Some clients sometimes ask me what is Chinese Overtime, and is it legal or not? Well, it's a complicated question and it's even hard to reply for non-employment lawyers. In order to give readers a general picture of Chinese employment law, now I would like to provide you some knowledge regarding Chinese employment law or labor law in connection with overtime wage or salary as following,
China's overtime policies are governed by a labor contract that took effect Jan. 1, 2008. This 98-article contract, titled Labor Contract Law of the People's Republic of China outlines employment categories such as types of contracts and contract obligations, definitions of employment, labor rules and regulations and legal liabilities.
The contract sprang from surveys that showed large numbers of employees lacked formal labor contracts and from reports of rampant cases of wage default and forced labor. Typically, overtime in China is defined as a workweek that exceeds 40 hours. Wages are generally time-and-a-half or doubled. According to the All-China Federation of Trade Unions, the contract was adopted in order to strengthen China's economy, the protection of its citizens and the regulation of workplace conduct.
Employers are bound by all work quotas outlined in the labor contract. Should an employee work past this time limit, she must be compensated with overtime with wages that are in compliance with the state. Employers don't have the right, under the policy, to force an employee to work overtime either explicitly or by disguising actual hours worked and manipulating rules and regulations. The People's Republic of China's policy calls for strict adherence to these work quotas, and outlines that any overtime must be arranged with and agreed to between both parties.
Any employer who administers overtime must adhere to the following standards: State labor laws pertaining to working conditions must be followed; job requirements and wages must be discussed up front; overtime wages, benefits and performance bonuses must be provided; employees must be properly trained to handle the conditions and skills sets required for overtime work, in the case that overtime work becomes long term, the employee's salary scale must be adjusted accordingly.
Other Circumstances Requiring Overtime
The labor administrative department can require an employer to pay overtime based on circumstances other than the amount of hours worked. Employers must pay these overtime wages or face economic compensations within a time limit given by the department. If this wage happens to be lower than local salary, the employer must pay the shortfall. Employers who don't meet the deadline requirements will be ordered to pay an extra compensation at a rate of time-and-a-half or double. These circumstances in which overtime is required are outlined as follows: The employer fails to compensate an employee with full wages as outlined by the contract or the state in a timely manner; the employer pays a worker less than minimum wage; the employer arranges overtime work but fails to pay overtime wages; or an employee is terminated or discharged and not given proper severance in accordance with the law.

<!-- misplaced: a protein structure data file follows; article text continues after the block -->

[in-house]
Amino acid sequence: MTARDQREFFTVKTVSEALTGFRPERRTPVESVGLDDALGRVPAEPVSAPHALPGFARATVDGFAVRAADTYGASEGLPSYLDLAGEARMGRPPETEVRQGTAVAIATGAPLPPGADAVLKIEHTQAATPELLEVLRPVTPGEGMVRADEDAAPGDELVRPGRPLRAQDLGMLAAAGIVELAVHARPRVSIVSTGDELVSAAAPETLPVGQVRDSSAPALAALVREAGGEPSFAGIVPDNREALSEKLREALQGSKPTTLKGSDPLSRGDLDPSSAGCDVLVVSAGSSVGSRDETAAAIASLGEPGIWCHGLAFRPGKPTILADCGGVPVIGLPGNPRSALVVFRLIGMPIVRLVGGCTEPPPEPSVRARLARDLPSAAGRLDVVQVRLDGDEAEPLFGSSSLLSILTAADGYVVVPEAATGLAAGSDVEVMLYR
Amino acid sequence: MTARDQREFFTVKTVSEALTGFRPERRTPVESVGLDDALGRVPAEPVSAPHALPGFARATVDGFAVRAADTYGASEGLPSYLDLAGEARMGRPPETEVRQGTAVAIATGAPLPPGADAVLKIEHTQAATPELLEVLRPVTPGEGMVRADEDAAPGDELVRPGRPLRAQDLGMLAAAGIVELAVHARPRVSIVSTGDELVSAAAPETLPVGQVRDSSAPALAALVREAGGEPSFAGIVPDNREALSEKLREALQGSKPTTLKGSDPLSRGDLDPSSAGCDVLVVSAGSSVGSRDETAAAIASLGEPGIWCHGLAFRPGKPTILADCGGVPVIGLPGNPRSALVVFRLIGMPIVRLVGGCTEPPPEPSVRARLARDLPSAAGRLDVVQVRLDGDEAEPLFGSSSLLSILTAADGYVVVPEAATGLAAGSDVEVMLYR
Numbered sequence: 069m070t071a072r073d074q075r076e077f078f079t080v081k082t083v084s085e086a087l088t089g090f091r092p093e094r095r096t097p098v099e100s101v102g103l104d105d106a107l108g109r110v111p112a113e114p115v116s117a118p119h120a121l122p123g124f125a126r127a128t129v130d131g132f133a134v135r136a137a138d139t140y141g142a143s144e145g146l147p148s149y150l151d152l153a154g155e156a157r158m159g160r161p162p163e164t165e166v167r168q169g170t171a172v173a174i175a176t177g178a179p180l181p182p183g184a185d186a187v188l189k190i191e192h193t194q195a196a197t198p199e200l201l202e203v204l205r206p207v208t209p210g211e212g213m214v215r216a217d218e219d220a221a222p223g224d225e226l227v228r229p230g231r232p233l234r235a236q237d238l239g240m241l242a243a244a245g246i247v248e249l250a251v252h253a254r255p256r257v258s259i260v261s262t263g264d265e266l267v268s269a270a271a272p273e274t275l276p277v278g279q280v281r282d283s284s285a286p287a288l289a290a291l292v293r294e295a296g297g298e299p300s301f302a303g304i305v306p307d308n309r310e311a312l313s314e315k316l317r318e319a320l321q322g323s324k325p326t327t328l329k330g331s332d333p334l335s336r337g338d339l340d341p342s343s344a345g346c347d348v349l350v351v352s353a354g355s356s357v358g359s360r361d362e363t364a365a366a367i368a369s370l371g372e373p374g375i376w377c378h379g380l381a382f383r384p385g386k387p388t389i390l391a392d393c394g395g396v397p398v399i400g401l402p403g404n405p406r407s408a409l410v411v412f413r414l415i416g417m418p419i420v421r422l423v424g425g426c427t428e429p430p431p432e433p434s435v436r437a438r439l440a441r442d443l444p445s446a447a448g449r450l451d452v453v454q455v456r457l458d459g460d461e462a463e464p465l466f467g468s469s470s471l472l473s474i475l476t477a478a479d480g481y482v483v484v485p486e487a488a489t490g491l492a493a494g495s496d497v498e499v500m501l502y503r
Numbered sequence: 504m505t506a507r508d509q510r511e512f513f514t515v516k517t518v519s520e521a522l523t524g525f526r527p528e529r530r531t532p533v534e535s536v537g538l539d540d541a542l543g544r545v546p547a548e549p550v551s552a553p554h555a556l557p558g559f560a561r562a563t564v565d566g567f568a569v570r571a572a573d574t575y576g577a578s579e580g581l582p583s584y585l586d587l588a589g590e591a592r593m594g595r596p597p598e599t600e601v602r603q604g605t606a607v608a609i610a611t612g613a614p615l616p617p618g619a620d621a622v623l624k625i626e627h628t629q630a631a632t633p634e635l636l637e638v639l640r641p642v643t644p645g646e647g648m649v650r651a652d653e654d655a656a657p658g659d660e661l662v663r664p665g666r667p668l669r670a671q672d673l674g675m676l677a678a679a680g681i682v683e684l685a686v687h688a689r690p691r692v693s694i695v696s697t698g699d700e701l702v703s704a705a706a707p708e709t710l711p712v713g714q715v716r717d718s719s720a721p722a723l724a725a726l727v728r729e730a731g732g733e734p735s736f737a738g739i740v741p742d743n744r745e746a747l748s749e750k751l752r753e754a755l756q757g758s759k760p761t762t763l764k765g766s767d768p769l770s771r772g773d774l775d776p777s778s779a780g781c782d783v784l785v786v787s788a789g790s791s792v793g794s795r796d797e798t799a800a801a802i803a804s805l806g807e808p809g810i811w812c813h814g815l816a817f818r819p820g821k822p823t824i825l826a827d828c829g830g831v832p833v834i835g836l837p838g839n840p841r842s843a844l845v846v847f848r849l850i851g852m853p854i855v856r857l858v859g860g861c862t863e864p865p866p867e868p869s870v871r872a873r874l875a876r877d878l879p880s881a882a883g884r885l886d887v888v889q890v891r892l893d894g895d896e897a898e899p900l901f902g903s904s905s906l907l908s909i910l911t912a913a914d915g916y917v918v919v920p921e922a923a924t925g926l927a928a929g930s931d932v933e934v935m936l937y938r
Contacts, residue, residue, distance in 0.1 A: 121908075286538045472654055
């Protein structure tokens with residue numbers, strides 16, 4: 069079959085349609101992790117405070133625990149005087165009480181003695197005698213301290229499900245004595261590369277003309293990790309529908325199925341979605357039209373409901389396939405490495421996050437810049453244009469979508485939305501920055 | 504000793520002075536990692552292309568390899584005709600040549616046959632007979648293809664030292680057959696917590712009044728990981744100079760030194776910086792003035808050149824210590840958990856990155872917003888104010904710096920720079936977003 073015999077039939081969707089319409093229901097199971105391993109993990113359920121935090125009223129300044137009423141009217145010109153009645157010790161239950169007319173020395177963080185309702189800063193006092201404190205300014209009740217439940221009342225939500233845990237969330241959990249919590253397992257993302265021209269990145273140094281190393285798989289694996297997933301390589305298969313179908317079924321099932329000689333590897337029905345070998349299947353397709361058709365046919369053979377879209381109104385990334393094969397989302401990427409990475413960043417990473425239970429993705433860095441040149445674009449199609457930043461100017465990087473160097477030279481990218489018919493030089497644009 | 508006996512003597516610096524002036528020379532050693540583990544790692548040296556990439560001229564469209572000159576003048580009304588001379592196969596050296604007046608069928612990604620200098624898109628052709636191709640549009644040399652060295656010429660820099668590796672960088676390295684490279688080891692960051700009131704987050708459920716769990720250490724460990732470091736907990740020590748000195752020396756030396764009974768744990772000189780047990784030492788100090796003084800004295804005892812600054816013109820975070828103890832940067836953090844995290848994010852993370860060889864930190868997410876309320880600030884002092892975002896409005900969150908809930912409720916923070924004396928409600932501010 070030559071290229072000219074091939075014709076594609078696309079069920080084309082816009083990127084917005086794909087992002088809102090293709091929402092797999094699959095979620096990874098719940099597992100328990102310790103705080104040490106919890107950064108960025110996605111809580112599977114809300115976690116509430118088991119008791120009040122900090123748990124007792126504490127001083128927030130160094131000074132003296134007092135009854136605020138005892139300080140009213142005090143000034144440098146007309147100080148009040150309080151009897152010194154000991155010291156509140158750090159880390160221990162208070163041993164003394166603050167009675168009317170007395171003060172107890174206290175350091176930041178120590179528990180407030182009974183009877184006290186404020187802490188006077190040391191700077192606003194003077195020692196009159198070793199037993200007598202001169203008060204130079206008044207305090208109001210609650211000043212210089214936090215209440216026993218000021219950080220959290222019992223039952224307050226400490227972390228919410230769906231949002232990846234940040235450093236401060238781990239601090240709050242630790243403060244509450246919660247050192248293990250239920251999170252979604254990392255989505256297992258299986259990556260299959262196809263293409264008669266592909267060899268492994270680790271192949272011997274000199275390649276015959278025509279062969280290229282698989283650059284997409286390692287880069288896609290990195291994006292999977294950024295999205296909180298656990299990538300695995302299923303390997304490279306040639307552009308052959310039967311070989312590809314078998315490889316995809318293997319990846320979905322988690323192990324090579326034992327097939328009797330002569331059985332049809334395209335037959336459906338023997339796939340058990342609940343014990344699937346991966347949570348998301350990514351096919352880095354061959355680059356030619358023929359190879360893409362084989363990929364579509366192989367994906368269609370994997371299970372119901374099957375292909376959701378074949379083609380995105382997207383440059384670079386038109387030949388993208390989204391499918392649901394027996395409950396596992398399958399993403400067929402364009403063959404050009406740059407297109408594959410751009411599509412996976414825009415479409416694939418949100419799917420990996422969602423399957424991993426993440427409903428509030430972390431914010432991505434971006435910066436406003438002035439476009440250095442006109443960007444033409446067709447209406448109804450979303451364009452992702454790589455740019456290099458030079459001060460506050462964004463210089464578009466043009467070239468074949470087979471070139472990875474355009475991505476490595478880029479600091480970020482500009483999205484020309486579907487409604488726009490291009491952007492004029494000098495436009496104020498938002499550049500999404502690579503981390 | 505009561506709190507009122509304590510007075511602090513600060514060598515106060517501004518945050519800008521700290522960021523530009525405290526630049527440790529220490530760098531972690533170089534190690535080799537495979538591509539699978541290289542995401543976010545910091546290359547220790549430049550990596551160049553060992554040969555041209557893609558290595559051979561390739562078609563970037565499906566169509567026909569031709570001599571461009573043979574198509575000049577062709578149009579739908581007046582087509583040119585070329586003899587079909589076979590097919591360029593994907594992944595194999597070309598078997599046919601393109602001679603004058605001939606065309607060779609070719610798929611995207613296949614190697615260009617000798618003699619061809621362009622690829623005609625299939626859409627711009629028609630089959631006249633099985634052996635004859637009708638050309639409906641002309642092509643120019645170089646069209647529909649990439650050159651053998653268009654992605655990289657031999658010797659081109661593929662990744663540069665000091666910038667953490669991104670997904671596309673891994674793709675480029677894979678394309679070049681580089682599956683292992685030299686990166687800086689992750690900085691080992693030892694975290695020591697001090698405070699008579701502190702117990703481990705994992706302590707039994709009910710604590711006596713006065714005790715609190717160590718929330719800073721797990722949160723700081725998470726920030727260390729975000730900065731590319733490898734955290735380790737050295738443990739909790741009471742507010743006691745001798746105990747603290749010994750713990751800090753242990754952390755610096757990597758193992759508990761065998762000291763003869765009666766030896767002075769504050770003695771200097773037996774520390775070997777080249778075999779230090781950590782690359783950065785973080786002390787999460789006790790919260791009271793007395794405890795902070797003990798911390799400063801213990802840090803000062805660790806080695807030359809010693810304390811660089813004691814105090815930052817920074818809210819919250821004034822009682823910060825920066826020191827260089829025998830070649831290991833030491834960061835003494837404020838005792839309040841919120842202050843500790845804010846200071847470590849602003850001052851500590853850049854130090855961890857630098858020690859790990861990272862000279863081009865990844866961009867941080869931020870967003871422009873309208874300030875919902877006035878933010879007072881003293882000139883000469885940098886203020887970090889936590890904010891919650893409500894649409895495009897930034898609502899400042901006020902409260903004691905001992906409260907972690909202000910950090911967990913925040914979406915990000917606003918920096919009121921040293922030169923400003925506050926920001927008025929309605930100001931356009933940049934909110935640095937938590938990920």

Base for Overtime Pay Includes Fringe Benefits and Bonus
According to the labour and wage department of the Guangdong Provincial Labour and Social Security Office, the correct way of calculating overtime pay in Guangdong is to take daily wage under normal working hours (8 hours) as the base. The calculation formula is monthly wage under normal working hours divided by 20.83, which is the number of working days a month.
The number of working days each month has been reduced from 20.92 to 20.83 when the Regulations on Public Holidays for National Annual Festivals and Memorial Days were amended, increasing the number of statutory holidays each year from 10 to 11.
According to the Regulations of Guangdong Province on Payment of Wages promulgated by the provincial people's congress pursuant to the Labour Law and other relevant laws, when an employing unit requires employees to work overtime or extends their working hours, the workers should be paid overtime based on their normal daily or hourly wage. The overtime pay should be 150% of daily or hourly wage for working days, 200% of daily or hourly wage for rest days, and 300% of daily or hourly wage for statutory holidays.
As stipulated in the Regulations of Guangdong Province on Payment of Wages, daily wage is monthly wage divided by the average number of working days each month prescribed by the state, and hourly wage is daily wage divided by daily working hours, which may not exceed eight hours.
The Guangdong Provincial Labour and Social Security Office also emphasised that the base for calculating overtime pay is monthly wage divided by the average number of working days each month (i.e. 20.83) based on an eight-hour working day. For example, if an enterprise signs a labour contract with a worker offering him a monthly package including Rmb1,500 in basic wage, Rmb200 in attendance bonus and Rmb300 in other fringe benefits, it must take all three parts of the package and not just the basic wage of Rmb1,500 as monthly wage under normal working hours in the calculation of this employee's overtime pay. Benefits, bonus and attendance bonus are also wage and remuneration for work done under normal working hours and should therefore be included in the base for calculation. In other words, the overtime paid to this worker should be Rmb2,000 divided by 20.83, and not Rmb1,500 divided by 20.83.
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